Inductively Coupled Plasma – Mass Spectrometry (ICP-MS Testing)
Inductively Coupled Plasma – Mass Spectrometry (ICP-MS), measures elements on the basis of their mass to charge ratio. Galbraith Laboratories commonly employs ICP-MS to measure metallic elements, metalloids and some non-metal elements (such as bromine and iodine) in a variety of sample matrices.
Each successful analysis begins by adequately digesting the sample for analysis. The final outcome of each preparation is to afford a homogenous solution of the analyte in the analysis solvent. In most cases, the analysis solvent is water that is stabilized with acid. For more information on our preparation methods for metals analysis, please click here.
Sample solutions are introduced into the instrument by way of a peristaltic pump. The solution is nebulized into an aerosol that is transported to a plasma torch. Metal ions in the sample solution are subjected to intense heat in a radio-frequency inductively coupled argon plasma. The ions are transported from the plasma through a vacuum interface into a quadrupole where they are separated on the basis of their mass to charge ratio (m/z). Metal ion concentrations of unknown samples are determined by comparison to an external calibration of the instrument.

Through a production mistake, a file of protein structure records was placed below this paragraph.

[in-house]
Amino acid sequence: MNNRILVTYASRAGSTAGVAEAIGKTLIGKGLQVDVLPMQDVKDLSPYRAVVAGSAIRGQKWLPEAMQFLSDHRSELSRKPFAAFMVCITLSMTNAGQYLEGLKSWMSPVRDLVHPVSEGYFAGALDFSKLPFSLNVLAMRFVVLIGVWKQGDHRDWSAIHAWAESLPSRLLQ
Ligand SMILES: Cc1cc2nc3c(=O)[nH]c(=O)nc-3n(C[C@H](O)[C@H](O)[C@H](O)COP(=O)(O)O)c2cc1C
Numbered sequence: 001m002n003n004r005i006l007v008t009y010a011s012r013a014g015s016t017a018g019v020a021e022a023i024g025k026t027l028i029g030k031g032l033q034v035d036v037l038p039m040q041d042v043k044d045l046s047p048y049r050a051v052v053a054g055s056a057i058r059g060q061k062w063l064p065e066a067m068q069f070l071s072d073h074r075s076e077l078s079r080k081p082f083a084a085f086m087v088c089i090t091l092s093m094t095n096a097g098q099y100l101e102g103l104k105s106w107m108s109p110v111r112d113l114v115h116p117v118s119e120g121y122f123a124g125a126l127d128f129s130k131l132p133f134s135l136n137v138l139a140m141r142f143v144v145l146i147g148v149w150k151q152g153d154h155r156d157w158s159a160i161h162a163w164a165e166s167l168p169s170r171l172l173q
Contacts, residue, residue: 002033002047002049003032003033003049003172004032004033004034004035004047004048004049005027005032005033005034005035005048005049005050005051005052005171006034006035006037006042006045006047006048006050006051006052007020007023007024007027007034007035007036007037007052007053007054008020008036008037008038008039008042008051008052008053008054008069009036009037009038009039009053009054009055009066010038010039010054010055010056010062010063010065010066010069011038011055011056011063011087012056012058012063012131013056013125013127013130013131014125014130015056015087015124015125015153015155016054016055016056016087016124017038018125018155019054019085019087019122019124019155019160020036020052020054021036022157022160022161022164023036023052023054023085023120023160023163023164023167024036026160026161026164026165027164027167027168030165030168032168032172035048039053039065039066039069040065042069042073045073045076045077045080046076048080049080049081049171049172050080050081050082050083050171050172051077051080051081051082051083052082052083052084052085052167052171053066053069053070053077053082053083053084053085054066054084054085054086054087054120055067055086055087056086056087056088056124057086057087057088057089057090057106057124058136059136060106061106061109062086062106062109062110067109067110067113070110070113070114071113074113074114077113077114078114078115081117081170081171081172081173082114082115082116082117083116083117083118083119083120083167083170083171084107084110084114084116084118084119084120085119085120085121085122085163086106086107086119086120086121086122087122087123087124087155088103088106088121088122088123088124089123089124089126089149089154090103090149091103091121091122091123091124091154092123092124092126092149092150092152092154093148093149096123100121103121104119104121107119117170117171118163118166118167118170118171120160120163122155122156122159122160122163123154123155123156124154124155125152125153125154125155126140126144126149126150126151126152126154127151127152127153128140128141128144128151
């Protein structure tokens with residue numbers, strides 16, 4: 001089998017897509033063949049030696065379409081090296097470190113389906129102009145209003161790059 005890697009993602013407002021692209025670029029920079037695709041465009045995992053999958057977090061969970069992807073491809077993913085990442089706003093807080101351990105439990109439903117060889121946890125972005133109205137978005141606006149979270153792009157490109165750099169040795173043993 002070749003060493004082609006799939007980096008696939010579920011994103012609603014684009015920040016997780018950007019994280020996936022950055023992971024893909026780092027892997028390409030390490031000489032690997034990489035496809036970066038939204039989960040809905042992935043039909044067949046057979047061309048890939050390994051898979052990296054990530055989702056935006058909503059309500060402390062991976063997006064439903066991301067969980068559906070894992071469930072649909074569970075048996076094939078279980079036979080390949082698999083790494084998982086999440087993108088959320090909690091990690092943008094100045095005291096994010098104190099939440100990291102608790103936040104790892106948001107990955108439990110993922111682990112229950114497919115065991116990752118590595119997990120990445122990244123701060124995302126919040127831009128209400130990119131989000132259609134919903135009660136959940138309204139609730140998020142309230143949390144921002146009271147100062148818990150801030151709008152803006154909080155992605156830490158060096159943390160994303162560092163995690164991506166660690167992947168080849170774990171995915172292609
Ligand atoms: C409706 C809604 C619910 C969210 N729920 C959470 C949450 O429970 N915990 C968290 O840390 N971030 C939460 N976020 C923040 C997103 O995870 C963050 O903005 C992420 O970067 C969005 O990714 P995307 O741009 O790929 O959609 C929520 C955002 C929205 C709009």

Galbraith’s general method was written from nationally accepted methods, such as EPA SW846 6020. It also meets the general guidance of USP <730>. Click below to view a copy of the method summary:
For information on Galbraith’s USP <232> and <233> services, click here.
Unless otherwise evaluated, the quantitation limit (QL) depends on the concentration of the lowest calibration standard used to calibrate the instrument. Results that read below the QL are reported as less than values, i.e <50 ppb.
Results are reported using the mass of sample originally taken for the analysis. Typical reporting units are ppm, ppb, mg/L, or µg/L. Other units may be reported. Contact a member of our Technical Team for more information.
The general methodology is suitable for the analysis of regulated samples. The method is considered validated to a reference substance, but not to the sample matrix unless a formal validation is conducted. Click here to see more information on Method Validation.